Like riders on the subway, we held on to the straps provided, swaying back and forth as our hired driver tried to find a smooth path over the collection of rocks and potholes some called a road, our full backpacks bouncing up and down behind us, ready to burst open like ripened seed pods with the next jarring bump. With silent glances, we told each other that it would be all right as long as we kept moving forward until, finally, we arrived at a large gate with a sign welcoming us to Finca Bellavista, a sustainable tree house community.
A bumpy ride, steep hills, the chance to perspire heavily doing almost nothing at all, wearing unflattering rubber boots everywhere should we encounter a snake — these were inconveniences we gladly accepted for the chance to do something few people get to do: live, for a while, in a treehouse.
Each of the dozen or so houses scattered through Finca Bellavista’s 600 acres of primary and secondary Costa Rican rainforest are designed and built to minimize ecological impact, so we expected few conveniences. Elegantly blending into the surrounding environment, most houses are invisible until you come upon them, as if they too had simply grown upward from the forest floor along with the fecund tangle of vines, plants and trees.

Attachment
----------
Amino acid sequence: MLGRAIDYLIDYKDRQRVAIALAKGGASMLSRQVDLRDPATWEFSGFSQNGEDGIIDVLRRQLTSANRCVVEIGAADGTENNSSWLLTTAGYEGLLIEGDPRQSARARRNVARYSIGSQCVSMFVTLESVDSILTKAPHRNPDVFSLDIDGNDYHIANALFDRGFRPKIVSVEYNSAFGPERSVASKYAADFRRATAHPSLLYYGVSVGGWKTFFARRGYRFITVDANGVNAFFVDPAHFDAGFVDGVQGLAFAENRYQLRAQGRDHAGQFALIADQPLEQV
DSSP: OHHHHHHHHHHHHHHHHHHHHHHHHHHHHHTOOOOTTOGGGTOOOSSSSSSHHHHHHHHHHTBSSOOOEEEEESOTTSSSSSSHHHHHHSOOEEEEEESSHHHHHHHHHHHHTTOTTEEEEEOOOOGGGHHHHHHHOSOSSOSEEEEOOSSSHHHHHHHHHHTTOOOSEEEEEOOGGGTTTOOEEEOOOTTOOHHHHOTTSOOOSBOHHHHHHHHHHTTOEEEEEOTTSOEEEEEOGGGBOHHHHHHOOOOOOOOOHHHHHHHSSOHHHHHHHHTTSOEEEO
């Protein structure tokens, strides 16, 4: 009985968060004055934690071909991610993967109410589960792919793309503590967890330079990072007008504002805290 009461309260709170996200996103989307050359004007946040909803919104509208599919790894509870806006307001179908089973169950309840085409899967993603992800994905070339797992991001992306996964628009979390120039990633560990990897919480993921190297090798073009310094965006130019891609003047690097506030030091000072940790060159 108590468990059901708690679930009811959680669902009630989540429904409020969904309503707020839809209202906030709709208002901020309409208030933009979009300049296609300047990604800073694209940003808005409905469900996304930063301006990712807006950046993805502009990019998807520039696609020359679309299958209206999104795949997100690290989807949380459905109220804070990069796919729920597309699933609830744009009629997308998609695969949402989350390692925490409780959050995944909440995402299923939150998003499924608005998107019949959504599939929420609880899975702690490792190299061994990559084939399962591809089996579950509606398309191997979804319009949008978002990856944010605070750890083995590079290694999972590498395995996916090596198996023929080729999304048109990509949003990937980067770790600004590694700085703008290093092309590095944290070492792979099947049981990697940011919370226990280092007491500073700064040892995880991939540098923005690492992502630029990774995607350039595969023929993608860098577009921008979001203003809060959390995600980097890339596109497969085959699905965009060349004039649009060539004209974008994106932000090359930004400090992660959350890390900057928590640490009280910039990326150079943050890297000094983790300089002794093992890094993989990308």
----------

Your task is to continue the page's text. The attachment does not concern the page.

We had seen pictures of course, but were unprepared for the actuality. Walking on a stone path up the steep hillside, our volunteer guide directed our attention upward. There, ninety feet above us, encircling the trunk of a large tree, a large roundish structure hovered, UFO-like, amid the surrounding tree tops.
“Is that ours?” we asked, knowing but not entirely believing the answer.
“That’s part of it,” the guide answered. We wiped our foreheads and climbed more steps, arriving at a small house-like structure against the hillside. Inside was a gas stove, small refrigerator, dining table and a sink with running water; outside, a deck with reclining wooden chairs and an entrance to the adjacent bathroom complete with mostly open air shower.
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